But we can do better. We must do better. And we have lots more work to do. These medical conferences are expensive to attend so we need to make them work. We are so grateful to the Health Services Foundation of the South Shore for covering the registration fee for our booth- it’s a partnership that works well. What we need now, before our next event, is a creative and well-thought-out booth that will attract doctors and their families. While we have an abundance of creativity, we don’t have the funding to support it.
If your group, company, or organization believes that we can and must do more to attract doctors to our community, NOW Lunenburg County can use your financial support. If you can help, please reach out to me, Tina Hennigar, at 902-523-5725 or email me at email@example.com or go to nowlunenburgcounty.com to learn more about our work.
Picture it: more than 800 doctors, medical students and their families at a Rural and Remote Medicine Conference. While Med students are spending most of their time in sessions, it’s between those sessions, when communities from all across the country are vying for their attention — hoping for an opportunity to share what makes their community worthy of consideration.
This is exactly what happened last week at the new convention centre in Halifax. All provinces and territories were there. Nova Scotia had a strong presence. Many communities from all across the province were there — each with a booth trying to make an impression, including me, representing Lunenburg County. Nova Scotia’s communities had an entire wall with lots of opportunities to make our pitch. Why is NOW Lunenburg County recruiting doctors, you might ask? Isn’t the Nova Scotia Health Authority (NSHA) doing that? Aren't our taxes taking care of that for us?
The answer is yes, they are, but as was laid out in the Ivany Report, they can’t do it alone. We can't rely solely on government to fix this problem. Every community is looking for doctors and like all communities across the province up their doctor recruitment game. We must do the same. We know that we can't increase our population by inviting people to our community if we're not also recruiting doctors. NOW Lunenburg County is focusing on attracting doctors to our community, not because NSHA isn’t going it, but because, as we've seen, they can’t do it alone.
I was able to meet and chat with more than doctors. Much of the real learning for NOW Lunenburg County happened as I got to chat with other communities such as Port Hawkesbury, Pictou County, Neil's Harbour and Guysborough County, to name a few. It was so inspiring to learn how they all got there and what their communities are doing to attract doctors. It’s amazing how communities are stepping up and what they’re doing to address our doctor shortage. Work that’s sadly often overshadowed by what isn't happening. Please allow me to brag a bit and give you just a small sampling of the amazing work communities across our province are doing to help attract doctors to their communities:
Port Hawkesbury sent a town councilor and his wife to this conference. Both work full time, but these busy parents of young children are also community champions. Hearing them talk from the heart about their community made me want to visit.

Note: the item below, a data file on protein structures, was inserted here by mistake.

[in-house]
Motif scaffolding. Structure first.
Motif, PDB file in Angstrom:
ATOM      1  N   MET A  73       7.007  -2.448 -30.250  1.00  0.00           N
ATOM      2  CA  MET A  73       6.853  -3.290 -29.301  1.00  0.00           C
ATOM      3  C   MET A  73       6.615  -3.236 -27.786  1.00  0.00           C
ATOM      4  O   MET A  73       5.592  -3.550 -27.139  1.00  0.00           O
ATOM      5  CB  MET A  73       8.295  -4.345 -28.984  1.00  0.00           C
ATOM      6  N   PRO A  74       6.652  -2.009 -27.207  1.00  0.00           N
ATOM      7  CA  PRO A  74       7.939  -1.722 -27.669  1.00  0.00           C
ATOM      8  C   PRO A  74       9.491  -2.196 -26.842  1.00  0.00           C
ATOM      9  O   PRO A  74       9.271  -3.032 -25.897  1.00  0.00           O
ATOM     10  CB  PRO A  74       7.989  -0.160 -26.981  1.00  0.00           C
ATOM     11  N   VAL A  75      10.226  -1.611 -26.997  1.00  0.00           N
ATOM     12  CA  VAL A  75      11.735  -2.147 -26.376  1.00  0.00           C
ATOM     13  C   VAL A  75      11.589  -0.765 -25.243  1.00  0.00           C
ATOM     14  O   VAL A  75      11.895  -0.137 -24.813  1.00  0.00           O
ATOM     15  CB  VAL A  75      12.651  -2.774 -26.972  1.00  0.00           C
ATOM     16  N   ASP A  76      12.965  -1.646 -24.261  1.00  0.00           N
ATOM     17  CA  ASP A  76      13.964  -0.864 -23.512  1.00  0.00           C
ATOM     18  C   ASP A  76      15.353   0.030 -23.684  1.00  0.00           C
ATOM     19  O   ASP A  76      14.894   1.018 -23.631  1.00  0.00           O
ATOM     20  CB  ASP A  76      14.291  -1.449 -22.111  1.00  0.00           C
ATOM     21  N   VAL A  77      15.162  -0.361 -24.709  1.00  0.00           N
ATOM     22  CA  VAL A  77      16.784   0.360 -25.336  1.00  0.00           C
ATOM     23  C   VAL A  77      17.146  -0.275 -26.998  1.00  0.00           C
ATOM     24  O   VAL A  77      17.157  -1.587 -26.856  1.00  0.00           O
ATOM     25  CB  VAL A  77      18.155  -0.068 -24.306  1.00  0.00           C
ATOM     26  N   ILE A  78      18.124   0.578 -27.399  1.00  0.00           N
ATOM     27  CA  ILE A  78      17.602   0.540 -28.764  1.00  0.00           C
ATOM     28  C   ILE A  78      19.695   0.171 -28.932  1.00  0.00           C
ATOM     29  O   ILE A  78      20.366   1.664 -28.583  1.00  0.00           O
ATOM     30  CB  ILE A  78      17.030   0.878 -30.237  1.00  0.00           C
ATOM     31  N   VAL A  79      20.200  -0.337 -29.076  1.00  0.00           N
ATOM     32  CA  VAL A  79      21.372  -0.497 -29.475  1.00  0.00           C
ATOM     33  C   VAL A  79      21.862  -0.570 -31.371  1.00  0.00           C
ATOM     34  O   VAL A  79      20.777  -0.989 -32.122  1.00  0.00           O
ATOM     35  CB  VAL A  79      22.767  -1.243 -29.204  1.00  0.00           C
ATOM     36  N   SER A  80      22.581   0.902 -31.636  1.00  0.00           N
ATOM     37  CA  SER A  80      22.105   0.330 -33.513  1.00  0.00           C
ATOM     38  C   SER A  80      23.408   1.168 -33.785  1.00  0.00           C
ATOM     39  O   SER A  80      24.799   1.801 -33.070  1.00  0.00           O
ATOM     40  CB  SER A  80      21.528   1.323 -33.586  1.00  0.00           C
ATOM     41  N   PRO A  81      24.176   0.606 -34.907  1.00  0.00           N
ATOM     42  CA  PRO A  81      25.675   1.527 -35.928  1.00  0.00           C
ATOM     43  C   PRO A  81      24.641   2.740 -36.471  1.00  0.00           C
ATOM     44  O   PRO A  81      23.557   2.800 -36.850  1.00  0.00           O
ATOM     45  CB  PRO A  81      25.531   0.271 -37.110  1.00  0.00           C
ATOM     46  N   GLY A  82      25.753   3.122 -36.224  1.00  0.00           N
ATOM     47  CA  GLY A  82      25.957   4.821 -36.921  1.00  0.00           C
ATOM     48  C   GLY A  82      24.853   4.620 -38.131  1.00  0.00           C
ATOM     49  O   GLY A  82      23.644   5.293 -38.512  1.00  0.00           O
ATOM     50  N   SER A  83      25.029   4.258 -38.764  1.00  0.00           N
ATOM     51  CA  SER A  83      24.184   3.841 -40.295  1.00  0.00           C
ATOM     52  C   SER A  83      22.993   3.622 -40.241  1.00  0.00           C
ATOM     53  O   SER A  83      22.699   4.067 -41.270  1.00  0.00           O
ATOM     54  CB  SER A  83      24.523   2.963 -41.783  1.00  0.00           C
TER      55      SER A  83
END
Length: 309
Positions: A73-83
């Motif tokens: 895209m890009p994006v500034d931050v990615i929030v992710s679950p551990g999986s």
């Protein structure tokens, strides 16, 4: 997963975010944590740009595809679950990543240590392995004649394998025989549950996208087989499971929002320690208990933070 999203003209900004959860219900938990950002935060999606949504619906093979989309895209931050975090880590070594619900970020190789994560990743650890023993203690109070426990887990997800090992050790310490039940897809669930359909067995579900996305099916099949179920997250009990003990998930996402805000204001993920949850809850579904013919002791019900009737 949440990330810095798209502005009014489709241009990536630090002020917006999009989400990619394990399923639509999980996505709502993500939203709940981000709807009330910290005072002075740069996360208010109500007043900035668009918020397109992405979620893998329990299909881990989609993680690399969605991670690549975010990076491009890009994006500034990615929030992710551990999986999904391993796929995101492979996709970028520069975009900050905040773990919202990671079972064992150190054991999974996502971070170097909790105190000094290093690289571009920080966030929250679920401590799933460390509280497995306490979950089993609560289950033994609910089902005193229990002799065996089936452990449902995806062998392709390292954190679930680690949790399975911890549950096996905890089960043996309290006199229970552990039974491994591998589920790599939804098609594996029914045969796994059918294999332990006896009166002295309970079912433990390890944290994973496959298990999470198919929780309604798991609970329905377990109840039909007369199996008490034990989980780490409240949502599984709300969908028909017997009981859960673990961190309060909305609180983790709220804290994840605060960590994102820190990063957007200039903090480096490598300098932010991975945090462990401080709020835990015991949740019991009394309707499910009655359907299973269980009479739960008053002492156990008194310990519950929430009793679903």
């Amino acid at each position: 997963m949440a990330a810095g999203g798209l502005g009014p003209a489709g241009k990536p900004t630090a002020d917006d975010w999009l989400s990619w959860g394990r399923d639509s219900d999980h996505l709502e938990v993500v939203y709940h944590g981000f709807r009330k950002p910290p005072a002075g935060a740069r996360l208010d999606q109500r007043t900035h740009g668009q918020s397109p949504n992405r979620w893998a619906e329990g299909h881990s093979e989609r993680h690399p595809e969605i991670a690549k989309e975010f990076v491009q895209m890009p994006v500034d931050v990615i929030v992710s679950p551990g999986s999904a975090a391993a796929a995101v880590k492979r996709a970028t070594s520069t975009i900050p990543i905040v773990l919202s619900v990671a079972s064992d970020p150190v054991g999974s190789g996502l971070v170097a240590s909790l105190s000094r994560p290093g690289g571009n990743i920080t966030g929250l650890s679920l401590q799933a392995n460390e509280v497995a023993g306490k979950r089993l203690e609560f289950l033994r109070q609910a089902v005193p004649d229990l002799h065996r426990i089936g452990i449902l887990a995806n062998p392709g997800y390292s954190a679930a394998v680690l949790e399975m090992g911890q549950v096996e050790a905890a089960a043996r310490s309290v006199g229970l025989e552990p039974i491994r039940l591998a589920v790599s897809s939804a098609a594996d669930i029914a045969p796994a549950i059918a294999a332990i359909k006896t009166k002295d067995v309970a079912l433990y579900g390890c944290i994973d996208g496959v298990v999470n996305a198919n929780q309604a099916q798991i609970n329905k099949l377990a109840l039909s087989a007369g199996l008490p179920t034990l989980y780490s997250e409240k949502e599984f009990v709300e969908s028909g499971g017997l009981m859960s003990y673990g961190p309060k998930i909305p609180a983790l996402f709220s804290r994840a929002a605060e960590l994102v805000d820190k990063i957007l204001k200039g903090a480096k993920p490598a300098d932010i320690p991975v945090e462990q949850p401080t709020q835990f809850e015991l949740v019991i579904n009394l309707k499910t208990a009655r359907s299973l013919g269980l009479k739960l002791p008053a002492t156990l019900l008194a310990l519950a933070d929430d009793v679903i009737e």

Pictou County’s business community and Hospital Foundation partnered and hired the most incredible champion whose job is to attract doctors. She was assisted by different community members, including a local doctor.
Neil’s Harbour in Cape Breton was there handing out Cape Breton oatcakes that were lovingly made by members of the community. Talk about how to warm your heart!
Guysborough County has contracted someone similar to me. Their community actually came together and bought a home that they're allowing doctors to stay in because, in a province where doctors can basically go anywhere, you have to sweeten the pot.
And as for us, NOW Lunenburg County, we have been gifted an executive-style two-bedroom apartment that we too allow visiting doctors to stay in as they test-drive our community. We’ve had residents, locums and medical students stay with us for up to two weeks. We’ve delivered hot soup on chilly nights, we've hosted our locums for lobster dinner, taken them for drinks, and even arranged picnics on the beach and provided some doctors bikes to use to explore our trails. In fact, we offered every student who dropped by our booth a chance to win a Lunenburg County Experience- Accommodation and activities designed with their interests in mind!
Just like with everything we do, we take time to evaluate and see if our effort was well spent. We know our Cross-Canada Tour, for example, was successful because we have welcomed people here who were inspired to explore Lunenburg County as a possible new community after sitting in our Boler Camper and having a discussion with me about the opportunities that exist here.
So, will any of the doctors we met at the Rural and Remote Medicine conference be joining us to live and practice in Lunenburg County? I am confident that many of the doctors we met will be settling somewhere in Nova Scotia. And I feel even more confident that at least one will be joining us in Lunenburg County.
We spoke a lot about lifestyle and about practicing medicine and needing a change. Folks from further away were excited by our real estate prices and for the chance to live on or near the water. Our safe communities, the Lunenburg County Lifestyle Centre, the French School, and the Lunenburg Academy of Performing Arts all made people lean into the conversation about Lunenburg County, including our growing entrepreneurship community, our proximity to other parts of the province, to beaches, the airport, and the city. Different people are drawn to different things. It's important we find what speaks to each person and highlight that for them.
An event like this doesn't happen without partnerships, and NOW Lunenburg County has nurtured some pretty good ones. For this doctor attraction event, the Health Services Foundation of the South Shore paid the significant registration fee for our booth. Doctors Nova Scotia supported our doctors’ attendance and the Town of Mahone Bay helped us attend as well. We were also very lucky to have Health Services Foundation Development officer Alison Clements and Dr. Cathy Kelly attend to help us make our pitch through our many conversations.
Perhaps our most important partnership is that with NSHA, as we work with our recruiter to help give potential new recruits an experience they won’t soon forget.
And as always NOW Lunenburg County’s work wouldn’t be possible without the support of The Lunenburg County Community Fund and our donors who contribute to our work through the Community Foundation of Nova Scotia. If you would like to be involved in our efforts to attract doctors, from hosting medical students, contributing to the next conference or baking cookies, contact me at 902-523-5725 or email firstname.lastname@example.org.
Tina Hennigar is the population growth coordinator for NOW Lunenburg County.